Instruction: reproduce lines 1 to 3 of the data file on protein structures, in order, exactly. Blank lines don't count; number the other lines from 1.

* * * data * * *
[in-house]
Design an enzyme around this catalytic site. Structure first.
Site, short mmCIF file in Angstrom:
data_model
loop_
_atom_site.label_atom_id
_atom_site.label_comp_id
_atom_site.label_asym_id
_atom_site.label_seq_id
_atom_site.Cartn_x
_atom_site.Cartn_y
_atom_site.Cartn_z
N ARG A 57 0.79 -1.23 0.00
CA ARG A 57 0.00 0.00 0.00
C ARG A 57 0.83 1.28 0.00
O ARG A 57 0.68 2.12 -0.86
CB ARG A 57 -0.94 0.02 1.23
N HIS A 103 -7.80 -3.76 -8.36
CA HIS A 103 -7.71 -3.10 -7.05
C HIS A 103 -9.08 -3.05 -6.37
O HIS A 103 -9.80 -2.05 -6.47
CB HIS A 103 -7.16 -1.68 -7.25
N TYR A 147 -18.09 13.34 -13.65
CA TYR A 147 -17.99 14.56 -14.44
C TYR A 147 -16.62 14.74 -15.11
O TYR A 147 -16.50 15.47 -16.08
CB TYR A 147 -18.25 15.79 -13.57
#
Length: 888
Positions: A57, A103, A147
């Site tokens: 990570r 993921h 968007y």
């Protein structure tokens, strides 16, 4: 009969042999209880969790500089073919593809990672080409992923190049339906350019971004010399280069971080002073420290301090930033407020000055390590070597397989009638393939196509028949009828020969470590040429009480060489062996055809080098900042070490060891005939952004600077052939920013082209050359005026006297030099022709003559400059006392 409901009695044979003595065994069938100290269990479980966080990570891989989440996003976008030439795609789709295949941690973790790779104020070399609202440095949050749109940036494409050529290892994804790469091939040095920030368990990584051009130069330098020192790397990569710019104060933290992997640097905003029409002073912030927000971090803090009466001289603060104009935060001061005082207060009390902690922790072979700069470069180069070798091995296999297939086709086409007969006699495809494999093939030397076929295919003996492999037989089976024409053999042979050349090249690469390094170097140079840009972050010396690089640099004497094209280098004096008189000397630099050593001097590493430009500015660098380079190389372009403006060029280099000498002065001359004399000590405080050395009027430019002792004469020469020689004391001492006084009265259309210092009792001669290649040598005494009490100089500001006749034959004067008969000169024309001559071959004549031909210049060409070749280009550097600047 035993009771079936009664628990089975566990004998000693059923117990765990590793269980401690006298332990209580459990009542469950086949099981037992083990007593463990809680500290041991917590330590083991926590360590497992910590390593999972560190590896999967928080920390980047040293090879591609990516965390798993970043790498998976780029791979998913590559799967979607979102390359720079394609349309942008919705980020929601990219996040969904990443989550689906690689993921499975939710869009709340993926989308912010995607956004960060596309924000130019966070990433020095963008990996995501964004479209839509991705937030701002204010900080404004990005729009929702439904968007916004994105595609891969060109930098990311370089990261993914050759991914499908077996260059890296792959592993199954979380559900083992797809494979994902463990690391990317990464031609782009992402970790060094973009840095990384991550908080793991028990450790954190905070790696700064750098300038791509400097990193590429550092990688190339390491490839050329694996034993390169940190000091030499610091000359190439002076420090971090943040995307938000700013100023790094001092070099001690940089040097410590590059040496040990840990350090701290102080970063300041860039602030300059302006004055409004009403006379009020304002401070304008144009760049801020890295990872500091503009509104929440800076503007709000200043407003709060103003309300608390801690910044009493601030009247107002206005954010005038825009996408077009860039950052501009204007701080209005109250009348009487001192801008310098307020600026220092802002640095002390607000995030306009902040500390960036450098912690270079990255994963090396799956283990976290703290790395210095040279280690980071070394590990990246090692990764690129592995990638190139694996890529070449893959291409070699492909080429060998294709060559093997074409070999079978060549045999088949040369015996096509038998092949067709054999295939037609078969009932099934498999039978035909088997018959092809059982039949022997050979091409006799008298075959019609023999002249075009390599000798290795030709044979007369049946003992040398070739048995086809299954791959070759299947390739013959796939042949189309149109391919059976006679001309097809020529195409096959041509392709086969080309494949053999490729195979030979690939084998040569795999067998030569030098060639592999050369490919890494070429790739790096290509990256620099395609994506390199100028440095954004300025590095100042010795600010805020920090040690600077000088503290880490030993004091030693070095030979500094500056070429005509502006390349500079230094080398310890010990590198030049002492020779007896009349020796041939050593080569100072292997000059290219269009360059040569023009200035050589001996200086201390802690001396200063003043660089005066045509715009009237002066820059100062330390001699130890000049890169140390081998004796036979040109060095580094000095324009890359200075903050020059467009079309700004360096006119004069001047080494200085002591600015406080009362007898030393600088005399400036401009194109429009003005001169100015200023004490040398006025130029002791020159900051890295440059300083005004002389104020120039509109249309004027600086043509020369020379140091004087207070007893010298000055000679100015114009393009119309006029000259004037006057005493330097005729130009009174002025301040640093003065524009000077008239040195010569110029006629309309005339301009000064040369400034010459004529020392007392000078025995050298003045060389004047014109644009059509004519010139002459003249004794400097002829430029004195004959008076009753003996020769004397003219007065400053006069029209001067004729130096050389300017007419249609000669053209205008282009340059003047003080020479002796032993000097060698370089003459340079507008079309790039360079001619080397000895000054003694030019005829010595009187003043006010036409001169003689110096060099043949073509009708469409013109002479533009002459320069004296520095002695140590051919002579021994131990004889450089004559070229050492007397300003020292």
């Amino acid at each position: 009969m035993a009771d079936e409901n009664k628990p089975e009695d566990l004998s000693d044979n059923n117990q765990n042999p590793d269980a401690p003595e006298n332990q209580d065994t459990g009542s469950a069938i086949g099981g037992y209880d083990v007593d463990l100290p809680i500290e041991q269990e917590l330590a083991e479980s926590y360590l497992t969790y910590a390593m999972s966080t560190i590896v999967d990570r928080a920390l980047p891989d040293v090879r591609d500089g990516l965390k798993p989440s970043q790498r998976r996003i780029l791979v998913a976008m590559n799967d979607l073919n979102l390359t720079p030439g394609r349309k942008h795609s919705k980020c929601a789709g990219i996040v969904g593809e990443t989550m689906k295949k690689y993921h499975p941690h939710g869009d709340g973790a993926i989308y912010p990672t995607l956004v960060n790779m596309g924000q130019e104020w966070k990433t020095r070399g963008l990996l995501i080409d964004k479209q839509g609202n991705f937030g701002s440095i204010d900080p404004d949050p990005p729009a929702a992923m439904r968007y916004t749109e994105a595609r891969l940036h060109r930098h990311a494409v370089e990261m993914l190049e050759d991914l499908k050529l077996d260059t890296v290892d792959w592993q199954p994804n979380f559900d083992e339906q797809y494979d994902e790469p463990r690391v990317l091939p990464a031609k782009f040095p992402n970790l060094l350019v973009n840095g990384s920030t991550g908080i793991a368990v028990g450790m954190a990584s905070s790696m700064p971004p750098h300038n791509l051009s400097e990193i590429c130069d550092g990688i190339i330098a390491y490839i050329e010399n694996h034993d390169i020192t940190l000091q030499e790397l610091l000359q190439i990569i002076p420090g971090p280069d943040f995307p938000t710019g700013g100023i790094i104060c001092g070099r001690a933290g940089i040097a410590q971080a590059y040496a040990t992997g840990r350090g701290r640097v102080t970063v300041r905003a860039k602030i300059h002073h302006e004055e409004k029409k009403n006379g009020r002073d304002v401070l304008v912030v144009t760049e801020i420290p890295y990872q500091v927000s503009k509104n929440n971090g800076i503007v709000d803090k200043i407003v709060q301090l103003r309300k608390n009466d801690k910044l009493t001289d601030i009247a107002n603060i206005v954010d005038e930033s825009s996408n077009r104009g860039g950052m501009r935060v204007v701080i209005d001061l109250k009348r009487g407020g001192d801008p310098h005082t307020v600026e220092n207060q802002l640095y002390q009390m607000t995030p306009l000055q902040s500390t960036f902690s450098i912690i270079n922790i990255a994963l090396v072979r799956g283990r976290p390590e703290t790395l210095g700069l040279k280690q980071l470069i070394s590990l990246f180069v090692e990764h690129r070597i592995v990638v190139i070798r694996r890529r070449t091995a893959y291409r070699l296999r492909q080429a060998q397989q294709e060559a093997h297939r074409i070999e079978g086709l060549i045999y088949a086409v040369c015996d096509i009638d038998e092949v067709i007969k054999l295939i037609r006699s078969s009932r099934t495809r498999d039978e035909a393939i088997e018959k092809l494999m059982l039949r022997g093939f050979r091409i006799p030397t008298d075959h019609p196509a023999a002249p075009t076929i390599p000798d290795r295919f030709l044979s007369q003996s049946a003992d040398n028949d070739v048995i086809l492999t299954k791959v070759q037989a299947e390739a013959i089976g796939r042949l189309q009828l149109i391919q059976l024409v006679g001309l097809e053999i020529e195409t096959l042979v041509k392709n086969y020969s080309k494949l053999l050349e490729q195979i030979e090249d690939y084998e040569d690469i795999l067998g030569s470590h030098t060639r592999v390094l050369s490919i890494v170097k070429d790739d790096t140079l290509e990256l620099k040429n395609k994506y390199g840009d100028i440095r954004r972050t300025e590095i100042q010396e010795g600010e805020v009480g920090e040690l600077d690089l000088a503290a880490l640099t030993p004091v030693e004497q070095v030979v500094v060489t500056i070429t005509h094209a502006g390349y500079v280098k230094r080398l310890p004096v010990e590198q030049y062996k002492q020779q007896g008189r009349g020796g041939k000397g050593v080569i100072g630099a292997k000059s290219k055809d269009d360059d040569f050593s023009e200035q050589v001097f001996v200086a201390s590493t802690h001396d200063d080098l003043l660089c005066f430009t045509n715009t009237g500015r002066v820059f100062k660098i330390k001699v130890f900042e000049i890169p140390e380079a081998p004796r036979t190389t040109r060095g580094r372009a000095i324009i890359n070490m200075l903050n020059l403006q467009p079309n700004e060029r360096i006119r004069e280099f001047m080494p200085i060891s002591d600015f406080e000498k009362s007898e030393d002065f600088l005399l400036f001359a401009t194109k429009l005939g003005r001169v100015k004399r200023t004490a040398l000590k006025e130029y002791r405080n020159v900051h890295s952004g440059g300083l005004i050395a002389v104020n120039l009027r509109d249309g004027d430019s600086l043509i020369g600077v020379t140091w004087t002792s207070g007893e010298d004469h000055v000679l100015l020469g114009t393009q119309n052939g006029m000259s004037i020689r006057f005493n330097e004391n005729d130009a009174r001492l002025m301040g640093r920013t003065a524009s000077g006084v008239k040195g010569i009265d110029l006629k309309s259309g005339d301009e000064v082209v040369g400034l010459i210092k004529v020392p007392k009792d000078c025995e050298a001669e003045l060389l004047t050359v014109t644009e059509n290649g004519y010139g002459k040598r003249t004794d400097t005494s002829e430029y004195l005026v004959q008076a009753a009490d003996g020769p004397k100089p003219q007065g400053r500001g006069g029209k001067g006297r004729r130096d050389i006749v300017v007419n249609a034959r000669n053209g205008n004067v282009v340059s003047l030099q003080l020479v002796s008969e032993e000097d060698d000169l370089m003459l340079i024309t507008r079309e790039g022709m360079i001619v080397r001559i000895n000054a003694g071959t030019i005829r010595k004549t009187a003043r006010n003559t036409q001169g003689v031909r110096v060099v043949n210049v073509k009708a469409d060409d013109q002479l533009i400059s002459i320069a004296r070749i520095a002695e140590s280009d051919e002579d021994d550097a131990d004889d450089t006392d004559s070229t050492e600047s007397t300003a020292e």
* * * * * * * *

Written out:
[in-house]
Design an enzyme around this catalytic site. Structure first.
Site, short mmCIF file in Angstrom: